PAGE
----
Nina Wilèn, Justifying Intervention in Africa: (De)Stabilizing Sovereignty in Liberia, Burundi and the Congo, Palgrave – MacMillan, February 2012.

This study interrogates how statebuilding and liberal peacebuilding have had many inintended consequences, not least on the legitimacy of international claims about their « responsibility to protect » and in parallel on local expectations of sovereignty and local ownership. In Africa both of these sets of claims have been somewhat exposed over the last decades, as this valuable and detailed study ably documents in especially rich and insightful empirical detail.’ – Oliver Richmond, Professor at the School of International Relations, University of St Andrews.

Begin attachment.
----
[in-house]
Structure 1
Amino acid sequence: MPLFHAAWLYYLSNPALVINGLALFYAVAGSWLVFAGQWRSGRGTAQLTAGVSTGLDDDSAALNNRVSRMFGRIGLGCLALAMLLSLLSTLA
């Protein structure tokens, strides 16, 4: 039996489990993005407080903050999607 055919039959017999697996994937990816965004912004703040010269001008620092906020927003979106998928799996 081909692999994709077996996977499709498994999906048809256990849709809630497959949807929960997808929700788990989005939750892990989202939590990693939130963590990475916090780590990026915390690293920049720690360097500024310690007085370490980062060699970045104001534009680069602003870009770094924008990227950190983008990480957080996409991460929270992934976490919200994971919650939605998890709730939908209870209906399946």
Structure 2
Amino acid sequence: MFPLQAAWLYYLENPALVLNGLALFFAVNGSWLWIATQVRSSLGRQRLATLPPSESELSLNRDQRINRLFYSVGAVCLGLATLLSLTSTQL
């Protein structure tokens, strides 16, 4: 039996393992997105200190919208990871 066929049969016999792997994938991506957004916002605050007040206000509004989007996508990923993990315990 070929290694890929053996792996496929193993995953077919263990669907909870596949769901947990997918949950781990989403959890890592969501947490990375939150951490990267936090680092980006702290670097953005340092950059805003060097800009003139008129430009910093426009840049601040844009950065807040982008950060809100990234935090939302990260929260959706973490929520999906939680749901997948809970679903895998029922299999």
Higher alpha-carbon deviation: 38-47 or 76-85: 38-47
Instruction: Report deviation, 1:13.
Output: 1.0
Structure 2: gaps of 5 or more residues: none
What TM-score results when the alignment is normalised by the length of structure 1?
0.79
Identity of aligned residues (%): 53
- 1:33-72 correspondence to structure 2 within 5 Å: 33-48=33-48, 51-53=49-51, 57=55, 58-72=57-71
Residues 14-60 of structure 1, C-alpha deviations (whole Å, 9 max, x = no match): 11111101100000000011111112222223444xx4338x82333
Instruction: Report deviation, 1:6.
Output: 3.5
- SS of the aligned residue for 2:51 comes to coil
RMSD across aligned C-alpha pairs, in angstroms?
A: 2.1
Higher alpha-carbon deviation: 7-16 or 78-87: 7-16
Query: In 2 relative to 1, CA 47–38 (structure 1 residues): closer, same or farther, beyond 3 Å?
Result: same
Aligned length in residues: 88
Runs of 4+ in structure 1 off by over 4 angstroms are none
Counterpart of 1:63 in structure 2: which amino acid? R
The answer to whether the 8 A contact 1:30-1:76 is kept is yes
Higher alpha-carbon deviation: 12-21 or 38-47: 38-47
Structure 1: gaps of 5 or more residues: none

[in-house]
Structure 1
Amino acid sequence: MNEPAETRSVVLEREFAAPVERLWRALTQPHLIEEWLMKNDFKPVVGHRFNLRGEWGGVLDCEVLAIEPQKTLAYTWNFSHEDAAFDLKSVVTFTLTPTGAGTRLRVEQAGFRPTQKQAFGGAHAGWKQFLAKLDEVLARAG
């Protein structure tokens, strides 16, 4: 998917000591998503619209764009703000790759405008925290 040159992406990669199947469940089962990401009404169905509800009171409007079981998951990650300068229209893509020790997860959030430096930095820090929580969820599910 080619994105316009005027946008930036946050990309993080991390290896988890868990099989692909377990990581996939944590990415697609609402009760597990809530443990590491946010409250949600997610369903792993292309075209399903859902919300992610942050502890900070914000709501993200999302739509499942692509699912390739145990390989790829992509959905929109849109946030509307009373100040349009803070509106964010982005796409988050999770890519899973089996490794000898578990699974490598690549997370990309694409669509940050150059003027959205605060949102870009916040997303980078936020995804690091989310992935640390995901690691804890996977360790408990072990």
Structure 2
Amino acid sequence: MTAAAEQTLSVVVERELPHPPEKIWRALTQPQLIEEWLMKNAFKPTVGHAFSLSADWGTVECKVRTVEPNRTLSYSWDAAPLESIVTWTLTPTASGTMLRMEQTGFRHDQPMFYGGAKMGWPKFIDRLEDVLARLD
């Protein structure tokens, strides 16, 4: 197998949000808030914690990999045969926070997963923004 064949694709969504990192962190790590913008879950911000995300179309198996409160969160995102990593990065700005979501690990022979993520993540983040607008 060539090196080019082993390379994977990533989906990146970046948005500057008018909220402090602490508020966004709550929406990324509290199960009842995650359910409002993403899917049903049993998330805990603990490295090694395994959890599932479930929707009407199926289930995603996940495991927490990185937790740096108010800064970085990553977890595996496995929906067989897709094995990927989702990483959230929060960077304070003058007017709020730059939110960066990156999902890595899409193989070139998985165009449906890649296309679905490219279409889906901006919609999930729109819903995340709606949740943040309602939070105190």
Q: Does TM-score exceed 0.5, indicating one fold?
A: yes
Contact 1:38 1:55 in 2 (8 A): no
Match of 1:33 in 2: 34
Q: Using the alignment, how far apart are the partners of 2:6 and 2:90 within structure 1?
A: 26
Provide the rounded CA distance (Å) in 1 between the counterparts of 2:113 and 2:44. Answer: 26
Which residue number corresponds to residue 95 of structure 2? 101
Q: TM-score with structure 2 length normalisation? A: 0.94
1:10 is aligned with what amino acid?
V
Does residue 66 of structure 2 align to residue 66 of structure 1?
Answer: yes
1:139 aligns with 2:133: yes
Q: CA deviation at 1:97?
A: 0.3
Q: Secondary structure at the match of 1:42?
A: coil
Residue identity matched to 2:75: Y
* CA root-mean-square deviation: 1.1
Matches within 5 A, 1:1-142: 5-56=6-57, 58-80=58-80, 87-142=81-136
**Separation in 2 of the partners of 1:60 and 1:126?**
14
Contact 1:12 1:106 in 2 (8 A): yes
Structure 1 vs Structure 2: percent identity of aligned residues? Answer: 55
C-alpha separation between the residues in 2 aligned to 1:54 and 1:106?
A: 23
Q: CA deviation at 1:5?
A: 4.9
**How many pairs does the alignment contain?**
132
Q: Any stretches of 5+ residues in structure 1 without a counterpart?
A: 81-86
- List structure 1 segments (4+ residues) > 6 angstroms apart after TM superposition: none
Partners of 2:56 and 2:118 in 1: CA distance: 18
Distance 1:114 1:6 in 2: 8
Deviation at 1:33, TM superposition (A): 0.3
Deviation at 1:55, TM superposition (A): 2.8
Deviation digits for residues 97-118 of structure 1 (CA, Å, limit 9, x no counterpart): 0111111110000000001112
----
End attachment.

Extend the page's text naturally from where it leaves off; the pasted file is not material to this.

This important book explores the contradictory logic behind peacebuilding interventions. It intrigues the reader by critically examining the paradoxical problem of stabilizing sovereignty through intervention. Based on original fieldwork, this thoroughly researched book provides penetrating empirical insights as well as a stringent theoretical contribution to the debate about challenges and chanegs of key concepts, such as sovereignty and peacebuilding interventions and their normative underpinnings.’ – Annika Bjorkdahl, Associate Professor, Department of Political Science, Lund University.

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